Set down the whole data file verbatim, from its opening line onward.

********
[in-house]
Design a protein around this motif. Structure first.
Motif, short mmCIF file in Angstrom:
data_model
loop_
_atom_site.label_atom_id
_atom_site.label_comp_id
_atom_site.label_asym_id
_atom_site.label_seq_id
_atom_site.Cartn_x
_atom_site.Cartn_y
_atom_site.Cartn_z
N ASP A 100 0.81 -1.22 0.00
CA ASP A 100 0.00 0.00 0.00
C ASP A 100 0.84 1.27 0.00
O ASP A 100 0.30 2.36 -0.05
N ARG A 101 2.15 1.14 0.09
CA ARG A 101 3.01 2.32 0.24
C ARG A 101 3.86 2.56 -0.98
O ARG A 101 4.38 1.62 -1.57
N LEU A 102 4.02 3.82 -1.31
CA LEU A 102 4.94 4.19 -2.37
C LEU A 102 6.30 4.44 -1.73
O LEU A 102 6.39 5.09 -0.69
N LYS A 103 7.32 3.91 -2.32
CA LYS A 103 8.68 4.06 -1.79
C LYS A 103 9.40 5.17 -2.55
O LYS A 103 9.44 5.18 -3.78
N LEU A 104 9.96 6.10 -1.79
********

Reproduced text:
[in-house]
Design a protein around this motif. Structure first.
Motif, short mmCIF file in Angstrom:
data_model
loop_
_atom_site.label_atom_id
_atom_site.label_comp_id
_atom_site.label_asym_id
_atom_site.label_seq_id
_atom_site.Cartn_x
_atom_site.Cartn_y
_atom_site.Cartn_z
N ASP A 100 0.81 -1.22 0.00
CA ASP A 100 0.00 0.00 0.00
C ASP A 100 0.84 1.27 0.00
O ASP A 100 0.30 2.36 -0.05
N ARG A 101 2.15 1.14 0.09
CA ARG A 101 3.01 2.32 0.24
C ARG A 101 3.86 2.56 -0.98
O ARG A 101 4.38 1.62 -1.57
N LEU A 102 4.02 3.82 -1.31
CA LEU A 102 4.94 4.19 -2.37
C LEU A 102 6.30 4.44 -1.73
O LEU A 102 6.39 5.09 -0.69
N LYS A 103 7.32 3.91 -2.32
CA LYS A 103 8.68 4.06 -1.79
C LYS A 103 9.40 5.17 -2.55
O LYS A 103 9.44 5.18 -3.78
N LEU A 104 9.96 6.10 -1.79